FRAWD Investigators: Intrigue at Iceberg Station | Scene 11

“Oy!” sounds over the station’s public address system. “All you protoss dirtbags have five minutes to get off our station. We’re back in control.” Larry’s voice takes on mock civility for a moment as he continues, “Thank you very kindly for stopping by Iceberg Station. Now if you could just sod off! Any protoss left, well, what happens to you, happens to you. I’m not sorry.”

That ends Imogen’s interrogation of Lendasha’s prisoner. “We’re leaving,” she declares. “You’re welcome to come ride with us; we can take you wherever you need to get. But we are leaving now.” She is bent over Malorn, trying to stop the bleeding from his open neck. “I need you to carry him.” With a makeshift—and honestly, not very effective—bandage in place, she dashes over to the dragoon in the corner and hastily starts extracting the crystal Selendis wants. The core and legs are too heavy for Imogen to move on her own, so she is abandoning them here. They were just a bonus, anyway. Maybe she and Lilly can buy them off the pirates if they succeed at reclaiming the station.

The khalai starts to scoop up Malorn and then hesitates. “I… I don’t know if your friend is going to survive. Warp blade to the neck? His chances are slim. What if we put him in the dragoon?”

“I’m not going to kill him,” Imogen calls over her shoulder.

“What? No! No, no, no! It’s not death. That’s a common misconception.”

Imogen turns around now, hands on hips. “I’m not going to kill his body. He’s still alive,” she insists. It is eerie, how this conversation echoes the arguments she has had with Malorn about Aiden.

“He’ll still have his body. It’ll just be in there, and he won’t be able to move much,” the khalai argues back, indicating the four-legged shell in the corner of the room. “Honestly, that’s what he’s got going for him right now.”

That does not quite fit with what Selendis told her and Lilly regarding how dragoons work. “My understanding was that when a protoss dies, their soul can go into this thing,” Imogen says, holding up the crystal. “I don’t want Malorn to overwrite the protoss that’s already here, and I don’t want to kill him.”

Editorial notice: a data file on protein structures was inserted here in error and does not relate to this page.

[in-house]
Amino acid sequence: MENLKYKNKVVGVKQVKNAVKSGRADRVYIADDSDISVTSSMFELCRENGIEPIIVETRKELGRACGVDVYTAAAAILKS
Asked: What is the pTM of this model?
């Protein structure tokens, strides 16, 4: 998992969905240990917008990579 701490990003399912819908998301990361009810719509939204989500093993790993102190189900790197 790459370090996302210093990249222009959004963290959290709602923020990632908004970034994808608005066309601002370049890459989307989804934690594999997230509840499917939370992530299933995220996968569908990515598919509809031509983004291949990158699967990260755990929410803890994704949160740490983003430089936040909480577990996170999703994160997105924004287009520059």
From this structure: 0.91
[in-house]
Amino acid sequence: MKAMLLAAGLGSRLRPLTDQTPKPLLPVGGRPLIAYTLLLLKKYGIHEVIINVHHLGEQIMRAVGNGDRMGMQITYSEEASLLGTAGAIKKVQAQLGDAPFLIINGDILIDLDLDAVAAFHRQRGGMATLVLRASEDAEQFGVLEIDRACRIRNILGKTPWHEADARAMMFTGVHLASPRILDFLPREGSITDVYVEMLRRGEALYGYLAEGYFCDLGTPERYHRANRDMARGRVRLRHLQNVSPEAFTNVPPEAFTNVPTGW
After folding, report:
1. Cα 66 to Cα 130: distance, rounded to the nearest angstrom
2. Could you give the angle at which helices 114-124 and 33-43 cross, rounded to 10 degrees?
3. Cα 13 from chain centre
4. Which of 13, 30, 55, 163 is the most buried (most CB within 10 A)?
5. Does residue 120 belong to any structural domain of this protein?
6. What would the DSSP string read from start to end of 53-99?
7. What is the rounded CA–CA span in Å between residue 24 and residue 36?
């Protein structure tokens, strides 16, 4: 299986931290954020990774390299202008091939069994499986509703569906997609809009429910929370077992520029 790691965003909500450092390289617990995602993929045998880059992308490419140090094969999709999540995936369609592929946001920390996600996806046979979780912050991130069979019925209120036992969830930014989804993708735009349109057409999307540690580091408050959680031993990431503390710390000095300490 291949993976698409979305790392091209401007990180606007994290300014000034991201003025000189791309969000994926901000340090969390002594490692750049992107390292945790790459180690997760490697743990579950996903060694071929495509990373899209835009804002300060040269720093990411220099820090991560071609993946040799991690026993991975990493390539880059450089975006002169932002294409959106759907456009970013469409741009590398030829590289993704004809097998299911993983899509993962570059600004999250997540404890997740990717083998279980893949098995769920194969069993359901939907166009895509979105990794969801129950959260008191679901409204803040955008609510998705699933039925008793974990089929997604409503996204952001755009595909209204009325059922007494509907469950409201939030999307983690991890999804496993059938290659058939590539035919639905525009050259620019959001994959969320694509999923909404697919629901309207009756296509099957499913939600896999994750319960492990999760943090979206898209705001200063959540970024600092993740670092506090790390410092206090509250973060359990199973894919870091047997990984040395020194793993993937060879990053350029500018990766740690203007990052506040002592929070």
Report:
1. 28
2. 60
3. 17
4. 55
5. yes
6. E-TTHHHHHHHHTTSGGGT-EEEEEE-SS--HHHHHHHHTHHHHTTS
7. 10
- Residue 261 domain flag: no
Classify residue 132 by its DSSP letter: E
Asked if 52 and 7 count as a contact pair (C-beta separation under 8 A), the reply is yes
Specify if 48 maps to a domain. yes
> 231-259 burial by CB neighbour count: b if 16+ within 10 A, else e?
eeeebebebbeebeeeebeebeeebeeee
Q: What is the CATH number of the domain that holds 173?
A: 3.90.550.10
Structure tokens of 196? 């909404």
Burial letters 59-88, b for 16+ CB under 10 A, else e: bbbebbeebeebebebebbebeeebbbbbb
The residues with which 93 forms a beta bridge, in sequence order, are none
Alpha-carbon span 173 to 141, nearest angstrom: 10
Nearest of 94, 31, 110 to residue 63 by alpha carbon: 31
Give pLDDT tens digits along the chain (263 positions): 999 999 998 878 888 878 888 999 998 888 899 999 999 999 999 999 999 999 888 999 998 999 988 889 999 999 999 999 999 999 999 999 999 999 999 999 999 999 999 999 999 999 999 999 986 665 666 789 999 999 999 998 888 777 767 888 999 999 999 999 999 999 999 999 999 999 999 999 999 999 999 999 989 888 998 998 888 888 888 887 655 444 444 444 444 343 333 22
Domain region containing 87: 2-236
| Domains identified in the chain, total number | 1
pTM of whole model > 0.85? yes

“It sounds like you heard that from some templar who doesn’t know what they’re talking about, frankly. If a protoss is dead, they’re dead. Those in dragoons are not dead, just severely injured, like being totally paralyzed.” He glances down at Malorn. “That may be what has happened to your friend. I don’t know, I’m not a medic. Anyway, a dragoon is a way for you to keep on fighting, even with such injuries.”

“You’re not a medic. Are you a scientist?”

“Like I told you, I’m a member of the khalai caste. It’s… uh… you would call it an engineer, I guess? It’s not exactly the same, though.”

“And what about the protoss that’s already in this crystal?” Imogen asks, brandishing the item.

“That dragoon has been shut down, deactivated. I’m afraid that warrior is gone. That’s the control matrix, how what’s left of a warrior can control the robotic construct. It’s an interface between the mind and the robotic shell. They’re very difficult to make.”

“I’m supposed to return this control crystal to the Aiur protoss, and you want me to put a tal’darim in it?!”

“Look, I try not to view all tal’darim with suspicion,” he says, trying to placate her. “But if you don’t put him in there, I don’t think he’s going to make it.”

“You’re not a medic. You’re an engineer. He’s messed up bad, aye, but I can save him,” she insists. “People have come back from worse. And you have no idea how tough he is.” Plus, Imogen knows all too well that Malorn definitely views Aiur protoss as lesser than himself. She does not want to be the one responsible for embedding him in their technology when there were still other options. “He’d rather be dead than be a dragoon.”